Saturday, May 17, 2014

The Goodlad Study:

The Inside Story

While working in the Office of Educational Research and Improvement, U.S. Dept. of Education, in 1981, I was assigned to work at the National Institute of Education, research arm of the Department.  One night, around  midnight (I stayed late to scrounge around when no one was there!), I needed a typewriter ribbon so went to the supply room to look for one. And, guess what I found?!!!!!!

In the corner was a box entitled The Goodlad Study. (John Goodlad, now in his nineties) is probably the No.1 change agent in the world who produced this study which consisted of four books funded by major tax-exempt foundations, outlining the restructuring of education which became the  official plan in the early 1980s and which is being implemented today).

One can imagine the joy with which I, a former school board member and Education Research Analyst for Guardians of Education for Maine, whose dislike of Goodlad caused me to have "Goodlad Nightmares", unpacked that box. In the box were proposals  from the tax-exempt foundations to write and get published four major books:
  • Schooling for a Global Age, edited by James Becker
  • Communities and their Schools, edited by Donald Davies
  • Arts and the Schools, edited by Jerome Hausman
  • A Place Called School by John Goodlad

What a delicious boxful of proposals for funding for Marxist research and writing, which would ultimately end up in the hands of each of  the 50 Chief State School Officers.

What I had found was the mother lode of what we are looking at today. I called McGraw Hill and asked when the books would be published.  I was told that my name would be first on the list BEFORE the names of the individual Chiefs. The fact that these books were going to each of the Chiefs told me that this project was very, very important. A few months later I received all four books. (Note: these books are very important for anyone researching ed reform. They are still available at

Regarding Lee Anderson, one of contributors to Schooling for a Global Age, the wife of the President of the National Council for the Social Studies invited me for dinner in her apartment.  We had become good friends.  She, herself, had problems with the anti-American tone of global education.   Over dinner she told me that at a recent party hosted by the National Council Lee Anderson announced that he was "coming out of the closet." He then announced "I am a card carrying Communist."

Here are a couple of key quotes from two of the books.

Communities and their Schools, page 255:
Probably no country gives community schooling a greater emphasis than does China. Indeed, community-based education, as we have characterized it here, constitutes a central theme of the "educational revolution" emerging out of the Cultural Revolution. The community focus is closely in line with Mao's educational philosophy which gives emphasis to rural development, productive endeavor, community service decentralized decision making [site based management, USA?, ed], and the viewpoint that the whole society is a school.  [Ftnte #126]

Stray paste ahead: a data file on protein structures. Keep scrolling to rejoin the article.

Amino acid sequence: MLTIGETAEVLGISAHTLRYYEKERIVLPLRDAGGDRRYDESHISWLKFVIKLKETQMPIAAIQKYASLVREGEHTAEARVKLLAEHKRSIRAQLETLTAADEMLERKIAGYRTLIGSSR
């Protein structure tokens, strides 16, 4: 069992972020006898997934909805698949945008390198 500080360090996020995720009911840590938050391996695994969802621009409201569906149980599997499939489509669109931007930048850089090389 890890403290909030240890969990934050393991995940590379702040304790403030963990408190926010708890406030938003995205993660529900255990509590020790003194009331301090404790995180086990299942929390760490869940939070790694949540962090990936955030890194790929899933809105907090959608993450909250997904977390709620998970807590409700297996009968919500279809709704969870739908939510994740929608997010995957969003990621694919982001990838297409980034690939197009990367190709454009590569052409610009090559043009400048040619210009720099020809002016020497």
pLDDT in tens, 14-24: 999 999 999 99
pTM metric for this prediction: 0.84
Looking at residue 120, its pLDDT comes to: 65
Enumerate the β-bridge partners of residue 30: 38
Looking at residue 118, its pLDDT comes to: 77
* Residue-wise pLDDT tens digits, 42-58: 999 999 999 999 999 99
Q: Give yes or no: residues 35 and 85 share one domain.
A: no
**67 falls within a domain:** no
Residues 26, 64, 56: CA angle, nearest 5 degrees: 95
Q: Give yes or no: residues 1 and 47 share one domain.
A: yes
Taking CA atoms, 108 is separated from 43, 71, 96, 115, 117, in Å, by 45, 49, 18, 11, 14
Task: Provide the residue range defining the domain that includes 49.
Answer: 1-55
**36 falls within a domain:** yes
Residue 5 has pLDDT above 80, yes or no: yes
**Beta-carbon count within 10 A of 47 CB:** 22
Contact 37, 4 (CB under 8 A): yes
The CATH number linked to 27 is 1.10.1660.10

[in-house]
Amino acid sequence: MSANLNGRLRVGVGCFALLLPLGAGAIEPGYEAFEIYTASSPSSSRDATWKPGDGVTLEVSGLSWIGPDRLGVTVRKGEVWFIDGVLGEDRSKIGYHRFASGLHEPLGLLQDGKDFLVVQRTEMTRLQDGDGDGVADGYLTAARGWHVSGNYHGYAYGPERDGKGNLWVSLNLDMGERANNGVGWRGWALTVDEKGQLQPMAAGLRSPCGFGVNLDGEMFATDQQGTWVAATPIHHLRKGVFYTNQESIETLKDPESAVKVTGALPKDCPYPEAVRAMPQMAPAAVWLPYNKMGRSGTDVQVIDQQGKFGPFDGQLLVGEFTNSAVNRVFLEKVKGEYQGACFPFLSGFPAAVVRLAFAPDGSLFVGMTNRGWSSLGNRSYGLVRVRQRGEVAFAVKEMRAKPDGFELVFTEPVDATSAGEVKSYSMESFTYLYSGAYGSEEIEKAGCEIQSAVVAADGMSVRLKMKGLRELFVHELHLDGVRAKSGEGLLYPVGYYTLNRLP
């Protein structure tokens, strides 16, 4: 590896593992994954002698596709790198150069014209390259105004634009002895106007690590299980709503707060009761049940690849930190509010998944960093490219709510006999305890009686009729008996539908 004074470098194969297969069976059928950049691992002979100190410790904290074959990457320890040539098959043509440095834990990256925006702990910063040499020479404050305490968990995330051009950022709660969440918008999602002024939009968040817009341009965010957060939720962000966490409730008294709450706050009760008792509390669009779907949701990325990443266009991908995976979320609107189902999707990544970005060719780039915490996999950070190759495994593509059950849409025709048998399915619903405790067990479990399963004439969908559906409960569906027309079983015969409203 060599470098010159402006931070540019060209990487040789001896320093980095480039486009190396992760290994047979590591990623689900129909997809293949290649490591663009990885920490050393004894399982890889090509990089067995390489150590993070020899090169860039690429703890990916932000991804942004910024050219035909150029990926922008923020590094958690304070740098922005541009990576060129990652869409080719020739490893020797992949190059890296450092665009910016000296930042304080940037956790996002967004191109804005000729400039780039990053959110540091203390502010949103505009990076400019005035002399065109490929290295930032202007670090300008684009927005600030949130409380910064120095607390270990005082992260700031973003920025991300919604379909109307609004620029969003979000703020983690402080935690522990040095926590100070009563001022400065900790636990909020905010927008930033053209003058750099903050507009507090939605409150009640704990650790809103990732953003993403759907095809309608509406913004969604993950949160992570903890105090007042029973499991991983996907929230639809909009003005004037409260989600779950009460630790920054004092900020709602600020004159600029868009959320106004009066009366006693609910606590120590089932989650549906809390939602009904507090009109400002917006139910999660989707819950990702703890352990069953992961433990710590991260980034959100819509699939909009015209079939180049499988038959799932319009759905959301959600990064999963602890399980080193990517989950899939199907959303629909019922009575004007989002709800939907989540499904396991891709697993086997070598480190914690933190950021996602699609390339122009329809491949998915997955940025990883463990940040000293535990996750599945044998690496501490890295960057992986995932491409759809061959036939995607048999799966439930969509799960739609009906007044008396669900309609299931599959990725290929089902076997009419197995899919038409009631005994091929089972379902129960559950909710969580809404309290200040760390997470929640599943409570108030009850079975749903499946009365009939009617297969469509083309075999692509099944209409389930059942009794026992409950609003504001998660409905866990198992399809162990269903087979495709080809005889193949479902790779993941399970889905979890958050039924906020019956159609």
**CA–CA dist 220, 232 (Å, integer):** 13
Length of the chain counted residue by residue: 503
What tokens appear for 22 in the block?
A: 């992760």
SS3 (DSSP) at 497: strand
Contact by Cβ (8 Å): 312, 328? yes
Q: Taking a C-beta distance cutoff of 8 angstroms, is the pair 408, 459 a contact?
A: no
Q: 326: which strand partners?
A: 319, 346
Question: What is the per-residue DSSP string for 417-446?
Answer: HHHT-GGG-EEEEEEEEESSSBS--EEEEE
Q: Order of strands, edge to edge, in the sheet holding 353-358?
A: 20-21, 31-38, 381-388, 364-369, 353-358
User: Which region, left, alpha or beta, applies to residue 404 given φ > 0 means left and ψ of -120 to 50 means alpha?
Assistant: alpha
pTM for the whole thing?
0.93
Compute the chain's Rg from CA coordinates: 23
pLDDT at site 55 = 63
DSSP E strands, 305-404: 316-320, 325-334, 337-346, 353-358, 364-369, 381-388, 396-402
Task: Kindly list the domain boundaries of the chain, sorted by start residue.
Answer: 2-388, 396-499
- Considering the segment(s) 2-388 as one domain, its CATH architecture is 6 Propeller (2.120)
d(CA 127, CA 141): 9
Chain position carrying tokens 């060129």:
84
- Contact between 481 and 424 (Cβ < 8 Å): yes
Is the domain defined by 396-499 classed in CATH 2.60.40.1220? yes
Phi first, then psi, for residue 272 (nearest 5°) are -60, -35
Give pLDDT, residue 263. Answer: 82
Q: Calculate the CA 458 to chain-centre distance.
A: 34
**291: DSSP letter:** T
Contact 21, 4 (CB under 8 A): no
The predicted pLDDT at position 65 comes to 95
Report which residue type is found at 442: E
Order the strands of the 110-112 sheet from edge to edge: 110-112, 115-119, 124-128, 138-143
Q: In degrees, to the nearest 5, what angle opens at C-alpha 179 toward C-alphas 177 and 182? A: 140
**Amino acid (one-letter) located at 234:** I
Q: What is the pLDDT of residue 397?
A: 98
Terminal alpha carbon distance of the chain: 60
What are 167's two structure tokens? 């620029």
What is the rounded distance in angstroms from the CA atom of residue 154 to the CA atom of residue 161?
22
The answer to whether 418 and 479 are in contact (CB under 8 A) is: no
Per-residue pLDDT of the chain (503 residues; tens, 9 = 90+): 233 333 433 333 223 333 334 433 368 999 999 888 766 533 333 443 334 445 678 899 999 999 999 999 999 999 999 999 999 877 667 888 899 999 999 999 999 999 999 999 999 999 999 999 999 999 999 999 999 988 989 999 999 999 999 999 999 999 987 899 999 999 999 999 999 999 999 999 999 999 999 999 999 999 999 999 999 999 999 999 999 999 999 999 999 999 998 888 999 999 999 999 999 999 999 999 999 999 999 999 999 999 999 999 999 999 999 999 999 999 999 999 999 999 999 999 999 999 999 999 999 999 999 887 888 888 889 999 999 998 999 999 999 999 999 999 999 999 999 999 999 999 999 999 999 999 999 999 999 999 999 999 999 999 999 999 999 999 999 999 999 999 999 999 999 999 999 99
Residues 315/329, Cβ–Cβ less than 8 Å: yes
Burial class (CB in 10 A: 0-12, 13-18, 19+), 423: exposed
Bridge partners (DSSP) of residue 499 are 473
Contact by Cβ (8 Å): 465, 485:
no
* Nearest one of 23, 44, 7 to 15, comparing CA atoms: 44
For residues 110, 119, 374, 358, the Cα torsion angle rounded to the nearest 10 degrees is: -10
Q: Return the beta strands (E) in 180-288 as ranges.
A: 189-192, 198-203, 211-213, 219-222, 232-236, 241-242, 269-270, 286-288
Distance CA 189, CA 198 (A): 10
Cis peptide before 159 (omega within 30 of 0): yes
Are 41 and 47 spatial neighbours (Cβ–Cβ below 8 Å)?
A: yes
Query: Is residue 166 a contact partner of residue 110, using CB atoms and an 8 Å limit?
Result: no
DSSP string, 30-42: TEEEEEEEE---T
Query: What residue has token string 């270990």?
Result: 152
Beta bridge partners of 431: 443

Schooling for  A Global Age:
Parents and the general public must be reached also. Otherwise, children and youth enrolled in globally oriented programs may find themselves in conflict with values assumed in the home. And then the educational institution frequently comes under scrutiny and must pull back.
— Dr. John I. Goodlad

When I found this box full of proof of education restructuring for a global system I showed it to the true blue conservative Director of the National Institute of Education, who, for obvious reasons had not seen it (who scrounges around at 2 a.m. in NIE offices except "your truly"?).  He was appalled and made a comment, words to the effect "he wouldn't be surprised  if he found his car blown up in the basement of NIE; that the whole operation was a Marxist factory.  He was later fired by Secretary of Education T.H. Bell for suggesting his own office be abolished.  Reagan stood behind Bell and let that happen. 

On page 192 of my book the deliberate dumbing down of america, I included the story:

EDWARD CURRAN, DIRECTOR OF THE NATIONAL INSTITUTE OF EDUCATION, WAS DISMISSED by Secretary T.H. Bell in 1982 due to Curran’s recommendation to President Reagan that the National Institute of Education—the research and development arm of the U.S. Department of Education—be abolished. President Reagan was out of the country at the time of Curran’s dismissal. When President Reagan was elected Dr. Curran left his position as headmaster of the Cathedral School for Girls in Washington, D.C., first to work on the education department transition  team and later to assume the directorship of the National Institute of Education. 

Curran’s courageous recommendation would not have required Congressional approval, as did the proposal to abolish the U.S. Department of Education; an executive order by Secretary Bell was all that was required. Abolishing NIE could have removed much of the controversial federal government influence in our local schools. In an article entitled “Success Eludes Old Research Agency,” Education Week (December 9, 1982) quoted Dr. Curran as follows: 

NIE is based on the premise that education is a science whose progress depends on systematic “research and development.” As a professional educator, I know that this premise is false.

Read more here: